Electioneering in Carroll Gardens

[where: 317 Hoyt St., Brooklyn, NY 11231]
Electioneering in CG

I stood at the corner of Hoyt and Union St. outside the polling place at PS 32 this morning holding my Barack Obama sign and wearing my Vote Obama sticker. I looked something like my girlfriend in this picture below, except imagine me instead of her.

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It was a rather pleasant morning. We got dozens of thumbs up, nods, smiles, and exclamations of “you got my vote” from passersby on their way in. Since most people in the area were already on their way to vote and were clearly opinionated New Yorkers, I don’t think we changed any minds. Yet, I think our presence meant something. We had lots of pleasant conversations with all kinds of people. There wasn’t a Clinton supporter or sign in sight, and there were many Obama volunteers milling around the neighborhood with their big blue stickers on. If elections have anything to do with the visibility of the brand, then Obama is doing something right in Brooklyn.

And apparently there’s something about the human touch that matters to people. For evidence (however anecdotal), see this story from a close friend of mine who has been making phone calls on behalf of the Obama campaign in Chicago.

I have been doing some volunteer work with Senator Obama’s campaign the past few days. There’s a huge room in a building across the street from the Sears Tower equipped with tons of phones, computers, and some furniture. You are given a call sheet comprised of names, numbers, and polling locations. You are provided a script to work off of that includes pertinent facts about polling schedules and registration. Tonight, after New Jersey went to sleep, I started calling Kansans.

Most people listen to you politely and wish you a good evening. Some engage you; still others yell at you. But every 20 calls or so, someone surprises you. I spoke with a woman whose response to “Have you considered whom you will be supporting?” was “hmmm…gosh…I just can’t figure it out.” I asked her if there was one specific issue that she felt was most important, she said the economy. After going over some details of Obama’s stimulus package I segued into the standard talking points about wholesale change and long-term solutions. She sort of agreed. We spoke for over 15 minutes.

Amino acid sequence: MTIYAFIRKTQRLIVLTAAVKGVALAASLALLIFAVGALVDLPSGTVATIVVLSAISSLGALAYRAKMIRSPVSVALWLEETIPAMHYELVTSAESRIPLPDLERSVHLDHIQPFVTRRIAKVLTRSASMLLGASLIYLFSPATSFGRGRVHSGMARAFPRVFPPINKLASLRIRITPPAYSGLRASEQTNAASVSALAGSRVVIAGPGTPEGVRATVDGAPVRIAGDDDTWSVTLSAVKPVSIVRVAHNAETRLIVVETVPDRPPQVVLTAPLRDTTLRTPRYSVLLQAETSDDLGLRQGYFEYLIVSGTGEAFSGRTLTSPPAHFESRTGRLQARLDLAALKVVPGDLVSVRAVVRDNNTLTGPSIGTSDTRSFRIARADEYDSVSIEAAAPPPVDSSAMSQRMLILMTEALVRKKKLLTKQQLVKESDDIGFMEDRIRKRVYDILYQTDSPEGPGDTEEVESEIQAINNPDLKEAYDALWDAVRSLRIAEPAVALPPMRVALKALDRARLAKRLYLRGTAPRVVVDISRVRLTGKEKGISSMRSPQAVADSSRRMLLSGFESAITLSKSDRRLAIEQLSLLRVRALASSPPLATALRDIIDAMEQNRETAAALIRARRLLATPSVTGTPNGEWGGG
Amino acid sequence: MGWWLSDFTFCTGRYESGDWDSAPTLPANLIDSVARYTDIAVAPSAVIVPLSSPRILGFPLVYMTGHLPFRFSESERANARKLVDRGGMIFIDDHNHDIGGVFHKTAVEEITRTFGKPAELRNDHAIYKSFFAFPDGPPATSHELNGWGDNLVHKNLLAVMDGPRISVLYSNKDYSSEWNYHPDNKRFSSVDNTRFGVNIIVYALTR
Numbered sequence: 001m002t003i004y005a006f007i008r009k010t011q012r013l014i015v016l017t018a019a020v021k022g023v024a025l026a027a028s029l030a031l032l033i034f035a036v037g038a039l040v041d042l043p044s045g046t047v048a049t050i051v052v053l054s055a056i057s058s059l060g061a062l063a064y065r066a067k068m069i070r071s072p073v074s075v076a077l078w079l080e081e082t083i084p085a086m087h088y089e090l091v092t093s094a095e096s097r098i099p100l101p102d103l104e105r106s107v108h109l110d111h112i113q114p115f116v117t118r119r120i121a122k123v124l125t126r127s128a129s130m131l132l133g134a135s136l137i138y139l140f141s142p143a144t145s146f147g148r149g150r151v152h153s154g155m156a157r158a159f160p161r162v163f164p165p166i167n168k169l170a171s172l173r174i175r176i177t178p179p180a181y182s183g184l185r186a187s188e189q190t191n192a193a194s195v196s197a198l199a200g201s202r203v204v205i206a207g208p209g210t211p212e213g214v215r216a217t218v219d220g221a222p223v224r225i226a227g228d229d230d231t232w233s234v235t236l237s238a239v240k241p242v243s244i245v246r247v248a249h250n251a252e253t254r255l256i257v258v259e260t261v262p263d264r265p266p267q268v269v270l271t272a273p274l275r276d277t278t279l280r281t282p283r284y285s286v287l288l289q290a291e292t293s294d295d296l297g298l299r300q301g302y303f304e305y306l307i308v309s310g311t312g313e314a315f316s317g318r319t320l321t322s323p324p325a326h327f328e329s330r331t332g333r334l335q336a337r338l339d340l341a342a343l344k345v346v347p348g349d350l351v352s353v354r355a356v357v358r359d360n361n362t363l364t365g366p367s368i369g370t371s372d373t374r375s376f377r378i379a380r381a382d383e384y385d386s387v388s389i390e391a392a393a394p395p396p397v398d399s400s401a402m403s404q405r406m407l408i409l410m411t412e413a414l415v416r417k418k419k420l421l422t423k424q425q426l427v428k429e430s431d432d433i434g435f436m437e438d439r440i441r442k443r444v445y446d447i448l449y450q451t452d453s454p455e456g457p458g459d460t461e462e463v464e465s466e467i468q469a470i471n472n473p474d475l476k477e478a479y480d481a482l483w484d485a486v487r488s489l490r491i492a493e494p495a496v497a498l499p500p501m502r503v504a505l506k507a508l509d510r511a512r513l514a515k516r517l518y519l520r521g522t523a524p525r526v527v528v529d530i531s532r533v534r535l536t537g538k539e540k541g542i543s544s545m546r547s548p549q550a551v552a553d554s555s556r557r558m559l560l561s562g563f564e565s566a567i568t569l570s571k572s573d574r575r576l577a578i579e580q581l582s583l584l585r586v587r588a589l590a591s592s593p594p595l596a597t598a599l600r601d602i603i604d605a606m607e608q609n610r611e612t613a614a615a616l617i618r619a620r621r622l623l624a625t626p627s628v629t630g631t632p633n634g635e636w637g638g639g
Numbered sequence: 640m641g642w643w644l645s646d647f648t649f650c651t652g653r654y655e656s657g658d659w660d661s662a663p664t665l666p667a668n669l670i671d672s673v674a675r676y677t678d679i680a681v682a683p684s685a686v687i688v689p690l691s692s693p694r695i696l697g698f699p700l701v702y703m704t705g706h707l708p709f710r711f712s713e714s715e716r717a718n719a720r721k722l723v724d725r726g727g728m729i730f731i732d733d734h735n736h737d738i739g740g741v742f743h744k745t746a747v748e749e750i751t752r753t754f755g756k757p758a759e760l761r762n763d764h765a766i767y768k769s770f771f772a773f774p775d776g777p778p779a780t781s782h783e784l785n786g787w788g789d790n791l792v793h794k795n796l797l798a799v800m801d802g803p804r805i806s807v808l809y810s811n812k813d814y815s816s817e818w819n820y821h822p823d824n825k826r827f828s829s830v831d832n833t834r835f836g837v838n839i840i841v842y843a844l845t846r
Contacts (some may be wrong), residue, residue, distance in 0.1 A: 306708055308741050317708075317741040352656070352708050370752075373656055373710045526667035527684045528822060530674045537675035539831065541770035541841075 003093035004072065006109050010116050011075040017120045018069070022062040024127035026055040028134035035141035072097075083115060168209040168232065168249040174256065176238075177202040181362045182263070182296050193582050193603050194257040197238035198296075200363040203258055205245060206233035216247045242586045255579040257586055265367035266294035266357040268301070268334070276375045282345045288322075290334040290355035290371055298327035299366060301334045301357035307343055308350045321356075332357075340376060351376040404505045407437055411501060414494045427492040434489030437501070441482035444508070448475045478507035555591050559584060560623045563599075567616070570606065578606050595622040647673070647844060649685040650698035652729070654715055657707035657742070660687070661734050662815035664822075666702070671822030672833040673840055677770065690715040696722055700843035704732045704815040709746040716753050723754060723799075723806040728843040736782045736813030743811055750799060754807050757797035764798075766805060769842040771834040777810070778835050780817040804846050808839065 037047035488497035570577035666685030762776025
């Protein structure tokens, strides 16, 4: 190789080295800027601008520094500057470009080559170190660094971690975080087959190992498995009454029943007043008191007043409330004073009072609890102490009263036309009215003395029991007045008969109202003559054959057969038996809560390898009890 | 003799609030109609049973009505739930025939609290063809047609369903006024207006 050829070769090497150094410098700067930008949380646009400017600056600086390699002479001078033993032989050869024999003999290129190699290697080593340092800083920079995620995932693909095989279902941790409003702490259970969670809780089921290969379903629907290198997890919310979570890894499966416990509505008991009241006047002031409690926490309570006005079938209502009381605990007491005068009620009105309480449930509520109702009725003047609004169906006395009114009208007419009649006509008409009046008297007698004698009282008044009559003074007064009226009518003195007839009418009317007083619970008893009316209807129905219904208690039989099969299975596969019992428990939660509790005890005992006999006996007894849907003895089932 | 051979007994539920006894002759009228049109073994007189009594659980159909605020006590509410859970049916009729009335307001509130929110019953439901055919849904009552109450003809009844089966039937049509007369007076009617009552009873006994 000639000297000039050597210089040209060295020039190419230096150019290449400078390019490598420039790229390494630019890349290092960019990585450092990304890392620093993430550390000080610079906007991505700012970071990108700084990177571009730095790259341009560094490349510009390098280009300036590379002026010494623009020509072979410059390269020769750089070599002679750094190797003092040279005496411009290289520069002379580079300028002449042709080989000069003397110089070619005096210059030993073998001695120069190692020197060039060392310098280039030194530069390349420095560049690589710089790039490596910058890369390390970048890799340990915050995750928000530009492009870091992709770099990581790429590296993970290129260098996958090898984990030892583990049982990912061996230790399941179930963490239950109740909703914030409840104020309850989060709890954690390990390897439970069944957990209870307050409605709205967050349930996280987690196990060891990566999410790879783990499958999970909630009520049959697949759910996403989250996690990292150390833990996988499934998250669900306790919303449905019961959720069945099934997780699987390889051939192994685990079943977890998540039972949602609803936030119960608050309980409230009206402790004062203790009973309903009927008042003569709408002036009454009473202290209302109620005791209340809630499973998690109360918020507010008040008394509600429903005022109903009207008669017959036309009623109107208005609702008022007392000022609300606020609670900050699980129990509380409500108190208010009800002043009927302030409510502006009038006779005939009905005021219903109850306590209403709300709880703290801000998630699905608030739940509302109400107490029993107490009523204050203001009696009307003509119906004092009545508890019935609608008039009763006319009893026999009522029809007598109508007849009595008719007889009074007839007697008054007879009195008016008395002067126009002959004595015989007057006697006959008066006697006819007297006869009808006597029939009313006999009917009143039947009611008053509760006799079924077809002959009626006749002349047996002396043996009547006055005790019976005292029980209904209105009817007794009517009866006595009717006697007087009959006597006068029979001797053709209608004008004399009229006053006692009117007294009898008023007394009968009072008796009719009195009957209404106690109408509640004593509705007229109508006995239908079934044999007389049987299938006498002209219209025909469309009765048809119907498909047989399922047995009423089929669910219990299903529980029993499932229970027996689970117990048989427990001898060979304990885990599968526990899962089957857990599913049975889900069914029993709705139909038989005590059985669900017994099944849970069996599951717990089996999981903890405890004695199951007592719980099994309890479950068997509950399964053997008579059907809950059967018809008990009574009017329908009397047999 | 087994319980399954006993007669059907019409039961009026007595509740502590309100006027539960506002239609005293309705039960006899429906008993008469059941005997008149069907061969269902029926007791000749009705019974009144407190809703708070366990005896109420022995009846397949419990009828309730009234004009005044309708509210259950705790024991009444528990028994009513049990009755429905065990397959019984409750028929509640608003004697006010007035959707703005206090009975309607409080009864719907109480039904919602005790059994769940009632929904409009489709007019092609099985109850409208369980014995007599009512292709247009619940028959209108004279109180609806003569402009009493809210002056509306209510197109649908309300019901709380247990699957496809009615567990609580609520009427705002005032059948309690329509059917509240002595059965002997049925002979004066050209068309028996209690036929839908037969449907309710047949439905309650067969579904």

Then she asked me about the room I was calling from.

I told her there were over 400 people with me: black, white, yellow, brown; old, young; gay, straight; amputees in wheelchairs, state senators; rich, poor, sitting on the floors or standing, using their cell phones, calling as many people across the country as they could. She breathed audibly and said, “wow.” I told her I was calling from Chicago. She said I was the forth person to call her about tomorrow’s caucus, from St. Louis, from New England, from California, and now Illinois: all Obama volunteers. She asked me if I was getting paid, I told her none of us were. She said she had not received one phone call from any other candidate. She told me a friend of hers got one call from the Clinton campaign, and it was a machine.

She said, “that says a lot to me. I think I’ll vote for Obama tomorrow. Do you know where I can caucus?” She never had before. After giving her the address, start time, and instructions I jokingly added, “you know, you have to be a registered democrat to vote for Obama, but you can do so at the caucus location, so make sure to tell all your republican friends that it’s not too late to crossover,” and I chuckled.

She got serious and said, “Are you joking?”

I said “of course I am, ma’am.”

And she replied, “I AM a registered republican.”

…took my breath away…

Then, “so, tell me again how to re-register democrat…”

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~ by jaredran on February 5, 2008.

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